By Sharkie Zartman
I hate to admit this, but I used to think that yoga was just for the super-calm flexible people who floated on clouds and hummed. Being an athlete, a hard core coach, and a person with a double-A personality type, it was not something I wanted to try. My only exposure was my husband's old yoga book that featured an anorexic looking young man with a pointed shaggy beard wearing a loin cloth sitting with his legs crossed behind his head. Whenever anyone asked me if I wanted to try yoga, I visualized that picture and said "No Way! I have better things to do than contort my body into strange shapes."
But one day I decided to give it a try when a yoga studio opened up down the street from my house and my friend asked me to try it with her. When I started to resist she reminded me that the first class was free and she heard it was a great workout, so what did I have to lose?
I reluctantly agreed and met her at the studio wearing my baggy, volleyball sweats. Not smart. We started the class with deep breathing exercises and I looked at my friend and almost started laughing. What did I get myself into? As we started moving slowing in and out of poses that resembled strange lunges and squats and a dog-like pose, people started to move together as if they were linked energetically in a choreographed performance. I was totally out of sync. And then came the balancing poses. Everyone was performing perfect trees and eagles while I was hopping around on one foot. After an hour of movement, I realized that my sweats were dripping wet and I felt like a deer in the headlights. How could I be so bad at something that looked so easy? At the end of the class we rested in corpse pose (how fitting).
Then, it happened! I felt an unusual wave of calmness flow through my body and my mind was in totally new place. Even though I had done a terrible practice, for some odd reason, I didn't care. My competitive ego had just gotten a well- deserved time-out. I was hooked after the class and bought a package and went on to get over 500 hours of training and added the class to our college curriculum where I teach health and fitness and now, also yoga. I knew that there were probably a lot of students like me who didn't think yoga was for them because it was either too weird or they feared that they were not flexible enough to do yoga. However, I wanted them to have a great introduction and hopefully after finding a class and a style that they enjoyed, would continue to make yoga an essential part of their lives. It is truly a practice that integrates mind, body and spirit and is also a great way to manage stress.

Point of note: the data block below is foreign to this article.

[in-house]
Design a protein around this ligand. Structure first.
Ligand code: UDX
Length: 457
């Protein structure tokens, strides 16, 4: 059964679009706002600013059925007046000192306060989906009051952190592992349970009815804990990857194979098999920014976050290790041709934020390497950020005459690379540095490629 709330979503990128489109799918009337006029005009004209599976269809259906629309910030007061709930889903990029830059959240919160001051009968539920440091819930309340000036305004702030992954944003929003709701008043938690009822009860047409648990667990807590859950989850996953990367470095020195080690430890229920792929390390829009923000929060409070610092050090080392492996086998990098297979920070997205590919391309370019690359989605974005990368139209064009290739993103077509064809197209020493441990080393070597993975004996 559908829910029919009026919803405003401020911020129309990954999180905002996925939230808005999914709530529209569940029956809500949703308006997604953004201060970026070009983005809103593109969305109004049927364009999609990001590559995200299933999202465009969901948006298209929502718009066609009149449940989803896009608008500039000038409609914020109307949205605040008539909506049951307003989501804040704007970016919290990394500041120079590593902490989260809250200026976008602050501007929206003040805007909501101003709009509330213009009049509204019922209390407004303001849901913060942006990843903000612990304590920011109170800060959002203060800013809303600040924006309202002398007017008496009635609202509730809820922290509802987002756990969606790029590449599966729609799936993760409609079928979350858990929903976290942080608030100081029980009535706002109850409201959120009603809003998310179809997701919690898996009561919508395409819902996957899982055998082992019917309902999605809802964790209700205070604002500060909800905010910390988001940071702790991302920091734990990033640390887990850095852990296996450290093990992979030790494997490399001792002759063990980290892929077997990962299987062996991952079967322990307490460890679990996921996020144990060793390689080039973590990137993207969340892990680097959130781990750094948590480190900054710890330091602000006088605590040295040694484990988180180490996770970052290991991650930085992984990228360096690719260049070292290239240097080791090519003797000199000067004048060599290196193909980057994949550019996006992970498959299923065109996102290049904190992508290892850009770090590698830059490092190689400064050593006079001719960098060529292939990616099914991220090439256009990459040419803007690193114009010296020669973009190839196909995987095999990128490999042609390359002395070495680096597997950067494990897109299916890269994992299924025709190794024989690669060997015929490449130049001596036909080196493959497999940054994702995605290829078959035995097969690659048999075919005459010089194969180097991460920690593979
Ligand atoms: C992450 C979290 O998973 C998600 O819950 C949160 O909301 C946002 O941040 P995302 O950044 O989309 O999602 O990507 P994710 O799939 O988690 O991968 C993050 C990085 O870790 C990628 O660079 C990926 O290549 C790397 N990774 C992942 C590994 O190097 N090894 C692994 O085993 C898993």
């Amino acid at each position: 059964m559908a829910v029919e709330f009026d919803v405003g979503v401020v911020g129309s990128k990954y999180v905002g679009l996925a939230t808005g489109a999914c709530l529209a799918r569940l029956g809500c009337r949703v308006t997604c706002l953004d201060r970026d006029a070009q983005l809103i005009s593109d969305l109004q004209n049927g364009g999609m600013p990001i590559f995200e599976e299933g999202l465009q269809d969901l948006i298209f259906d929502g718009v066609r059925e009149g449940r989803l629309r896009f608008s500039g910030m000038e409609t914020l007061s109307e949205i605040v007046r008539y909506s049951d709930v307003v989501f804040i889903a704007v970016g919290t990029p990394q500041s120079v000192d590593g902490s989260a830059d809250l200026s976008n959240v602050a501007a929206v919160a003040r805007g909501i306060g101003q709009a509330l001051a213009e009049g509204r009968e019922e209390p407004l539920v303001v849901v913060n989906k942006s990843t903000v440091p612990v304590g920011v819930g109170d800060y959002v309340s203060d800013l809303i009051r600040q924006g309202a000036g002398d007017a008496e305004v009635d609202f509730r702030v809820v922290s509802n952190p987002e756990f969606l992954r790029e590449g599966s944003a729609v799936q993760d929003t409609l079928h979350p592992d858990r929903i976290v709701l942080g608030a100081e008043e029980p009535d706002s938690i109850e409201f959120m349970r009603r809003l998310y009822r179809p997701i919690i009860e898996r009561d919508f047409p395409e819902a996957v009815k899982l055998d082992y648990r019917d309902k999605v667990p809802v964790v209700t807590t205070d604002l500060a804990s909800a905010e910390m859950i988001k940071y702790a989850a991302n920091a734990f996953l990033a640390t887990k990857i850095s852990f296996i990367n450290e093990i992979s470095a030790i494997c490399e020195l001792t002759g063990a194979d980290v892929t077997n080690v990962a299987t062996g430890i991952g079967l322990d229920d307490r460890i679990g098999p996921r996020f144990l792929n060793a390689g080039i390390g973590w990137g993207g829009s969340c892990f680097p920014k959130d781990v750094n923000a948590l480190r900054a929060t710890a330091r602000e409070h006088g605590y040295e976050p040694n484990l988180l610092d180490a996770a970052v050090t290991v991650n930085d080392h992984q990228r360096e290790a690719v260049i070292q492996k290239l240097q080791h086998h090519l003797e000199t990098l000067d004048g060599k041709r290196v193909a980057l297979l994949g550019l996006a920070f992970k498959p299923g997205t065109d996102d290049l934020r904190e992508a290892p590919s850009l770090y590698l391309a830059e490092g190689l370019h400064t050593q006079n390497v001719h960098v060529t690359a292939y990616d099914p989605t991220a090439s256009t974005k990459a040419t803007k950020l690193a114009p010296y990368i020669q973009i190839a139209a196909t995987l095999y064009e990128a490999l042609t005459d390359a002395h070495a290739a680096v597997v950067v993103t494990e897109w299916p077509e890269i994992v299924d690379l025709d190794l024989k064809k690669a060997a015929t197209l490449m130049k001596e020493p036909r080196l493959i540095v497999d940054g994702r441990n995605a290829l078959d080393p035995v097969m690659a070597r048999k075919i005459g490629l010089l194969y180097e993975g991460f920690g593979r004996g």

So if you haven't tried yoga yet, or have and never went back, here are some tips to find a practice that works for you.
- Get some information about the class before you go. What level is it? What style? Who is the teacher? Make sure you know what to expect so you don't end up like I did the first time-a deer in the headlights.
- Tell your instructor if you have any injuries or limitations. If you don't tell them, they don't know.
- Remember that there is no competition in yoga. No one cares whether or not you can do the poses perfectly. The instructor is the one who will monitor his or her students and give modifications as needed.
- Don't eat right before doing yoga. Trust me on this one! The abdominal compressions along with the inversions common in yoga practices will not feel comfortable with a full stomach.
- Your body talks to you when you do yoga. Make sure you listen and never push into the pain area. And always rest as needed.
- Make sure your instructor is certified and has at least 200 hours of training and is registered with the Yoga Alliance. That should assure that your teacher knows what to do and more importantly, what not to do while teaching yoga.
Remember, if you don't like your first yoga class, that's fine. I've gone to some classes that were so bad that I walked out. Keep searching until you find one that fits you and your needs. Ask your friends, search online and be willing to try something new and be a beginner. Yoga practices can be easy, restorative, creative, spiritual, and also very challenging. That's the beauty of yoga. There is so much variety that there is a style out there for everyone.
So get out there a find a practice you like. Give yourself the gift of yoga this year! Isn't it time to do something just for you? Sharkie Zartman, MA
, is a college professor, a former All-American athlete, and award winning volleyball coach. She hosts Sharkie's Pep Talk on HealthyLife.net
Radio Network and is a certified health coach, speaker, and the author of five books including Take on Aging as a Sport; The Athletic Approach to Aging
. She is passionate about helping people take an empowered approach to life so they can have optimal health, happiness, and success at any age. For more information visit www.sharkiezartman.com
. Permission granted for use on DrLaura.com.